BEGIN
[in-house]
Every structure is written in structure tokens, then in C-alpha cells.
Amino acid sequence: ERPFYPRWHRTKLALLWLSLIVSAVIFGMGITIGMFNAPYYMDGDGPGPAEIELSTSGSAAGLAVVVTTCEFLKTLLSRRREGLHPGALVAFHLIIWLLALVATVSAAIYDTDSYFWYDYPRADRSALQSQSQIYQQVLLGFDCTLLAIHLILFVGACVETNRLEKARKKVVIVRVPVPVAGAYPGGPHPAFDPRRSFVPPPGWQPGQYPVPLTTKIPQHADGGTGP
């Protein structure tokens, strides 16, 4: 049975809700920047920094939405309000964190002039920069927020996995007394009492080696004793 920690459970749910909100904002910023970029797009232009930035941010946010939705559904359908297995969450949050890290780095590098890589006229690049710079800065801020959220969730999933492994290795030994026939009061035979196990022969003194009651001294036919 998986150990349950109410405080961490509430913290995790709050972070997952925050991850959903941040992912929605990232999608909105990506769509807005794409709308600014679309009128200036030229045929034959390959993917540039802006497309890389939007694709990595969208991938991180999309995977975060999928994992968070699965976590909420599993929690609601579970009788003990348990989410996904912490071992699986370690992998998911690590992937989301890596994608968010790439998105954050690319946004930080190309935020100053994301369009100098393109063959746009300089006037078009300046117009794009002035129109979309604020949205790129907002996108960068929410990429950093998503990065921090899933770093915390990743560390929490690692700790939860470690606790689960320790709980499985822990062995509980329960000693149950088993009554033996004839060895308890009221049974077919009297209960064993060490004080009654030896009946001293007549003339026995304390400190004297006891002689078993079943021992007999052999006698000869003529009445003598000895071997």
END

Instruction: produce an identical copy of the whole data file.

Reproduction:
[in-house]
Every structure is written in structure tokens, then in C-alpha cells.
Amino acid sequence: ERPFYPRWHRTKLALLWLSLIVSAVIFGMGITIGMFNAPYYMDGDGPGPAEIELSTSGSAAGLAVVVTTCEFLKTLLSRRREGLHPGALVAFHLIIWLLALVATVSAAIYDTDSYFWYDYPRADRSALQSQSQIYQQVLLGFDCTLLAIHLILFVGACVETNRLEKARKKVVIVRVPVPVAGAYPGGPHPAFDPRRSFVPPPGWQPGQYPVPLTTKIPQHADGGTGP
């Protein structure tokens, strides 16, 4: 049975809700920047920094939405309000964190002039920069927020996995007394009492080696004793 920690459970749910909100904002910023970029797009232009930035941010946010939705559904359908297995969450949050890290780095590098890589006229690049710079800065801020959220969730999933492994290795030994026939009061035979196990022969003194009651001294036919 998986150990349950109410405080961490509430913290995790709050972070997952925050991850959903941040992912929605990232999608909105990506769509807005794409709308600014679309009128200036030229045929034959390959993917540039802006497309890389939007694709990595969208991938991180999309995977975060999928994992968070699965976590909420599993929690609601579970009788003990348990989410996904912490071992699986370690992998998911690590992937989301890596994608968010790439998105954050690319946004930080190309935020100053994301369009100098393109063959746009300089006037078009300046117009794009002035129109979309604020949205790129907002996108960068929410990429950093998503990065921090899933770093915390990743560390929490690692700790939860470690606790689960320790709980499985822990062995509980329960000693149950088993009554033996004839060895308890009221049974077919009297209960064993060490004080009654030896009946001293007549003339026995304390400190004297006891002689078993079943021992007999052999006698000869003529009445003598000895071997």